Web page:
After the class, I had lunch with Tim and Pete and some interesting points came up.  First of all, there has been a significant increase in the number of tour pros using the AimPoint system.  Some seem reluctant to learn the system, fearing that they will lose their “feel” for reading greens.  That seems like a good thing.  AimPoint trained caddy to tour pro after reading the chart, “Play it 14” left.”  Pro aims 14” left and it goes in.  Tim told me some great stories about how the game of golf has changed over the years.  One innovation came when Jack Nicklaus would go out during a practice round and mark off distances to objects on the course.  That way he knew that if a tree by his ball is 145 yards out, he hits the iron that goes 145 yards.  Many of the players were using more of a “This feels like a 6 iron mentality” until Jack showed them the value in knowing exact yardage.  A similar revelation came later in wedge play.  Mapping out exact distances of wedge shots at 50%, 75%, and 100% swings allowed Tom Watson to throw darts at greens well before others were doing the same.  All other areas of the game are very data centered, but green reading is still viewed as being only about feel.  I think that more and more people will see the science of AimPoint and experience how using this system improves reads and lowers scores.  A few years from now we may joke about how we putted before AimPoint.

Conclusion

Go to the AimPoint website, locate an instructor in your area, and take a class.  You will be happy you did.  Tim mentioned to me that they will be launching 3-day AimPoint clinics at twelve locations across the US this year.  This would be amazing to attend.  Instruction in the morning and practice on the course in the afternoon would truly cement in those skills.  After three days, you would leave a far better putter with a great handle on the AimPoint system.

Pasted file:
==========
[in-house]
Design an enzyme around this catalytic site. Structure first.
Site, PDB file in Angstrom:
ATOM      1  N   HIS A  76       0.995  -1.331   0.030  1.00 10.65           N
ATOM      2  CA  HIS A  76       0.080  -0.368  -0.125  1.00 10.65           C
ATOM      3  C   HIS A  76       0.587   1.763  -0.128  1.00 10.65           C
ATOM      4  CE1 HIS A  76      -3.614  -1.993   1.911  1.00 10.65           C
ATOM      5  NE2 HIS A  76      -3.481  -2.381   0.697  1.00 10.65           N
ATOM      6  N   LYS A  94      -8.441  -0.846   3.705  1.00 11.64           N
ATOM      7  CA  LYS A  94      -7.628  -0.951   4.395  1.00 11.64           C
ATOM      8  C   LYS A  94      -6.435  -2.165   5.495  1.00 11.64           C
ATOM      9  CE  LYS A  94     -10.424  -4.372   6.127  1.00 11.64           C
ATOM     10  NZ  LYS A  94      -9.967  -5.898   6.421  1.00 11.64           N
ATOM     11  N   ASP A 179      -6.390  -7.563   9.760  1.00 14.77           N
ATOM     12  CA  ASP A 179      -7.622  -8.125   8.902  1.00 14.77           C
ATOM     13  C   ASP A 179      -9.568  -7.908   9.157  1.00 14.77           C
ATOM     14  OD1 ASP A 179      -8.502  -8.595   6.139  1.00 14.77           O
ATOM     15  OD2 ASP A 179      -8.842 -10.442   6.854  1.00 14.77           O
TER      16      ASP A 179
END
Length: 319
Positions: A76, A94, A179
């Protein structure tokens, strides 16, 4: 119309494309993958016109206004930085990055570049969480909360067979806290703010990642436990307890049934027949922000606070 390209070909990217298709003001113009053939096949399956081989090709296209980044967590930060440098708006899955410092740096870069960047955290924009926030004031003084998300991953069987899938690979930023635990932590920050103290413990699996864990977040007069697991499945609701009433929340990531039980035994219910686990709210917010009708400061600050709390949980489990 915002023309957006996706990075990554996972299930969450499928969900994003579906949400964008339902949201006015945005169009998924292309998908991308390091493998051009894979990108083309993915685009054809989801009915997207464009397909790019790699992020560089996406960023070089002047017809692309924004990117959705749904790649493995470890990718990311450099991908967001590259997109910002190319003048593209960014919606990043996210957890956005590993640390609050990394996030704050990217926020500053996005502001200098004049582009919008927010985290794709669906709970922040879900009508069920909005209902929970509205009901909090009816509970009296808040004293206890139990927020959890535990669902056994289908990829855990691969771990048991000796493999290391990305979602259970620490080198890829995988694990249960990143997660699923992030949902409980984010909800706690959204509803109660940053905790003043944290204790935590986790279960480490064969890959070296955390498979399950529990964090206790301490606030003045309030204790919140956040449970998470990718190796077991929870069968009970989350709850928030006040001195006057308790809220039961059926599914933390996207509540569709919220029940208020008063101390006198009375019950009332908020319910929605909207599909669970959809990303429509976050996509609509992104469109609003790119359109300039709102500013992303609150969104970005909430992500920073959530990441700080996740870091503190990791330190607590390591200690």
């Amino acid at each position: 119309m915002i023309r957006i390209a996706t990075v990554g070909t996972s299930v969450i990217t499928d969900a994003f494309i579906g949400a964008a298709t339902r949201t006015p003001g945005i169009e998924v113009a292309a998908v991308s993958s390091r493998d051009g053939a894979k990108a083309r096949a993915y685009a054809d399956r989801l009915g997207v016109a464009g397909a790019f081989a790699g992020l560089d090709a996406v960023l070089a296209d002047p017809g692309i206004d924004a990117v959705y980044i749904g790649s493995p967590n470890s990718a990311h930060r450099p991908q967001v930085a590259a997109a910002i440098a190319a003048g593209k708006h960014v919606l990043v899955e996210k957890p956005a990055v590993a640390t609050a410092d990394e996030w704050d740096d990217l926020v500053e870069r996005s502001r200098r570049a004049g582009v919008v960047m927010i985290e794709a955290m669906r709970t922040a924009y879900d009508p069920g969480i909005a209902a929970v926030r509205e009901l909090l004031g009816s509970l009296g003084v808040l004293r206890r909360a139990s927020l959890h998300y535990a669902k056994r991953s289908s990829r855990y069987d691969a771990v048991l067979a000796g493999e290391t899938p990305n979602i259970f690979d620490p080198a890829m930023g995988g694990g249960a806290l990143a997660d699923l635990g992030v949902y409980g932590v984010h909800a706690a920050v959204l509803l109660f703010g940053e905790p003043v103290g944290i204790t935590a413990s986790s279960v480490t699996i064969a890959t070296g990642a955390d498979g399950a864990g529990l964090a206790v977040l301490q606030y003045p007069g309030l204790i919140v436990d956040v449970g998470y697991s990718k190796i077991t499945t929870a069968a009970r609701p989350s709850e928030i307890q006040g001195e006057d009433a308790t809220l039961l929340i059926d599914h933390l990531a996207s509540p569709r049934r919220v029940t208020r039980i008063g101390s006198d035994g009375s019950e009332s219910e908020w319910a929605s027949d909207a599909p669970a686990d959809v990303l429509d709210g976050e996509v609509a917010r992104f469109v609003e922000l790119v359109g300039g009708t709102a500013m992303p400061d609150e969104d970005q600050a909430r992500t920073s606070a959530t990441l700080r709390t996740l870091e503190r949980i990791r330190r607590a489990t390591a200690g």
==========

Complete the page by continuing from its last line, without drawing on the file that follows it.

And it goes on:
I could break this review down into a 100 point based scoring system as I have done in the other reviews, but taking a class doesn’t really lend itself to that scale.  For this review I will leave the scoring to you, but think about these questions.  How would you score a class that makes you a better green reader in every future round you play?  How would you score the value of that skill?  How would you rate a class that allowed you to never have to guess at a read again?

That is what I believe AimPoint has done for me.  And this class was only Level 1...

{ 29 comments… read them below or add one }

Justin March 15, 2011 at 7:38 am

Excellent article! I like the blend of info and humor. And I learned something: I spent this whole time thinking AimPoint was just a cool addtive to my TV viewing experience… dead wrong! Very few reviews make me want to say “You know what, I think I want to try “. This one, however, did.

Thanks for this article!

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Golfspy Dave March 15, 2011 at 9:10 am